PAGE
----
Do indoor plants purify the air? Science says no

A study states that air improvement is an exaggeration and that it would take up to 1,000 plants per square metre for its effect to be felt.

Do indoor plants purify the air
Do indoor plants purify the air

That plants are an excellent decorative element is something no one doubts. However, many give these indoor gardens the power to regenerate the air. But does this ability have a real basis? 

According to a new study by researchers at the University of Drexel, in reality this is simply an exaggeration, as opening a window would be much more useful for cleaning the room than having one of these pot plants.
"This has been a common mistake for some time. Plants are great, but they don't really clean the air in a room fast enough to have an effect on air quality in a home or office." 
Explains Michael Waring, lead author of the article published in the Journal of Exposure Science and Environmental Epidemiology and professor of architectural and environmental engineering at the Drexel School of Engineering.

Waring and one of his doctoral students, Bryan Cummings, reviewed a dozen studies spanning 30 years of research. After their analysis, they observed that, in reality, rates of natural air exchange or indoor ventilation dilute concentrations of volatile organic compounds.

Where the myth comes from

In 1989, NASA conducted an experiment that attempted to prove that plants could be used to remove chemicals from the air at space stations.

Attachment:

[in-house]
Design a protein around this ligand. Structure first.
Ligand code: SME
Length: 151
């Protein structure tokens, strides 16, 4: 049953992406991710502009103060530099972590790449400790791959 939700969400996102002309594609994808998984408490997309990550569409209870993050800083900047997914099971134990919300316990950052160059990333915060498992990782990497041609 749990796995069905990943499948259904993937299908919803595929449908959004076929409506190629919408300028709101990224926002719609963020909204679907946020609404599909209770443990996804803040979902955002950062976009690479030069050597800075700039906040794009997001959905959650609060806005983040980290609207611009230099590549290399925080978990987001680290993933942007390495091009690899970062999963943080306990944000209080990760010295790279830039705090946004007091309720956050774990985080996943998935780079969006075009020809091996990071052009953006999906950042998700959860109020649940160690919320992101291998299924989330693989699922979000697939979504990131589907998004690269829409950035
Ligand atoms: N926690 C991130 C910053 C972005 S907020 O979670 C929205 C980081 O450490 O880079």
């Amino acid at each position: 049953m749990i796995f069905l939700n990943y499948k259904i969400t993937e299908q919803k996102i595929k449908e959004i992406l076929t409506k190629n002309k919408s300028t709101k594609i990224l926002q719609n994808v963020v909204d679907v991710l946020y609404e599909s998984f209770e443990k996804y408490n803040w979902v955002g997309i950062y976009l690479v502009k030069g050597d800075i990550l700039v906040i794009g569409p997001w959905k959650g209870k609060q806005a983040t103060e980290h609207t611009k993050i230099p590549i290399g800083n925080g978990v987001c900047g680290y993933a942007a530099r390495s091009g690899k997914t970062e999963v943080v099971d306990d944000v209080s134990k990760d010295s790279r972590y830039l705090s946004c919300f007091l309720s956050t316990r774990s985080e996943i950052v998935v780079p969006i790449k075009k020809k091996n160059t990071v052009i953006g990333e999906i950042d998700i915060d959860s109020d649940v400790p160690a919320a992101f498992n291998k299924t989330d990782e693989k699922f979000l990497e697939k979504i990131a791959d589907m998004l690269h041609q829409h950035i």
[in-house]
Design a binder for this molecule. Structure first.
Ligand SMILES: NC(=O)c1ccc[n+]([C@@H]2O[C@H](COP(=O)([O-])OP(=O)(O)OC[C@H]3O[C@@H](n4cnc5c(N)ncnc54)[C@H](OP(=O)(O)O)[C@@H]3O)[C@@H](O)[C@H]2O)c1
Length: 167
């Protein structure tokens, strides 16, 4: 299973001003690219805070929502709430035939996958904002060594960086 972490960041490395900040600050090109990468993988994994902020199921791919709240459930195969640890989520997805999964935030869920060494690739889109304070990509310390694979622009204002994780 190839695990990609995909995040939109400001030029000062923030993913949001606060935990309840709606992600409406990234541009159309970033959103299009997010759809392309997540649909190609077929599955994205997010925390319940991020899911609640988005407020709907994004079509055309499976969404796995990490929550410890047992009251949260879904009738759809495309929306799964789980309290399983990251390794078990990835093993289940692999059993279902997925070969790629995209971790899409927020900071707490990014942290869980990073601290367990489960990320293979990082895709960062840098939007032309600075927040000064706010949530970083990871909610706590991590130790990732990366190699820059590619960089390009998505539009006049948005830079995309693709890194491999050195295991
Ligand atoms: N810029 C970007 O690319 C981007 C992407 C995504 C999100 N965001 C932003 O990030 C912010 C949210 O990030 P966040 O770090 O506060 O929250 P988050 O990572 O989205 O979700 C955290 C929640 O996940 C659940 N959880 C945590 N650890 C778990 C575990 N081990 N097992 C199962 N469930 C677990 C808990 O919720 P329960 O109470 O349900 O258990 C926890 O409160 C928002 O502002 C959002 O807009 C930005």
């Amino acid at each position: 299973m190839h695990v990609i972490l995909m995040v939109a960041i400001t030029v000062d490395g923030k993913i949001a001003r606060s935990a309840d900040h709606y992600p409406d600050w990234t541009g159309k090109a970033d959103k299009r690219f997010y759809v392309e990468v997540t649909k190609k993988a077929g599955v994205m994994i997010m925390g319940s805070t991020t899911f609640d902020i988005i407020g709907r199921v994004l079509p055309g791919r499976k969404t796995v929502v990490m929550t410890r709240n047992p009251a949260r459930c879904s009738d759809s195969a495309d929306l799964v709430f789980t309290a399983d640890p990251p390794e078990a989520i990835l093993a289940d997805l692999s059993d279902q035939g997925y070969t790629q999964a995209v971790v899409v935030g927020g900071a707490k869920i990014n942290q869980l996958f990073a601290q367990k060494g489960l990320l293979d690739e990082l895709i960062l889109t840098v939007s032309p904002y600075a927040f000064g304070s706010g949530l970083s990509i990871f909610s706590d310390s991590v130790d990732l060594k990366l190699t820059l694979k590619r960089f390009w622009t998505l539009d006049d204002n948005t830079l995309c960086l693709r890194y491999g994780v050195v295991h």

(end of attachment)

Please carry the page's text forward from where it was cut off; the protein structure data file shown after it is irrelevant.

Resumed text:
To do this, a plant was introduced into a sealed chamber in a laboratory, where it was actually verified that the air was being renewed. However, these environments have little to do with a home or office, and the data from these studies were not further interpreted.

The Waring and Cummings review takes the data from potted plant research volumes one step further than NASA and similar studies by using them to calculate a measure called a "clean air supply rate," or CADR. 

They were able to do this calculation for almost every study and what they found in every case was that the rate at which plants dissipated harmful elements in a chamber was much slower than the standard rate of air exchange in a building, demonstrating the overall effect of plants on indoor air quality is not significant.

"CADR is the standard metric used to scientifically study the impacts of indoor air purifiers, but many of the researchers who conducted these studies did not look at them from an environmental engineering perspective and did not understand how buildings' air exchange rates interact.

How many plants does it take to clean the air?

Many of these studies showed a reduction in the concentration of volatile organic compounds over time, so it is likely that people have taken advantage of them to exalt the air purification virtues of plants. 

But according to calculations by Waring and Cummings, it would take between 10 and 1,000 plants per square metre of space to compete with the air-cleaning capacity of a building's air management system or even just a couple of open windows in a house.

Nasa clean air study

"This is certainly an example of how scientific findings can be misleading or misinterpreted over time," Waring says. "But it's also a great example of how scientific research should continually re-examine and question the findings to get closer to the basic truth of understanding what's really happening around us.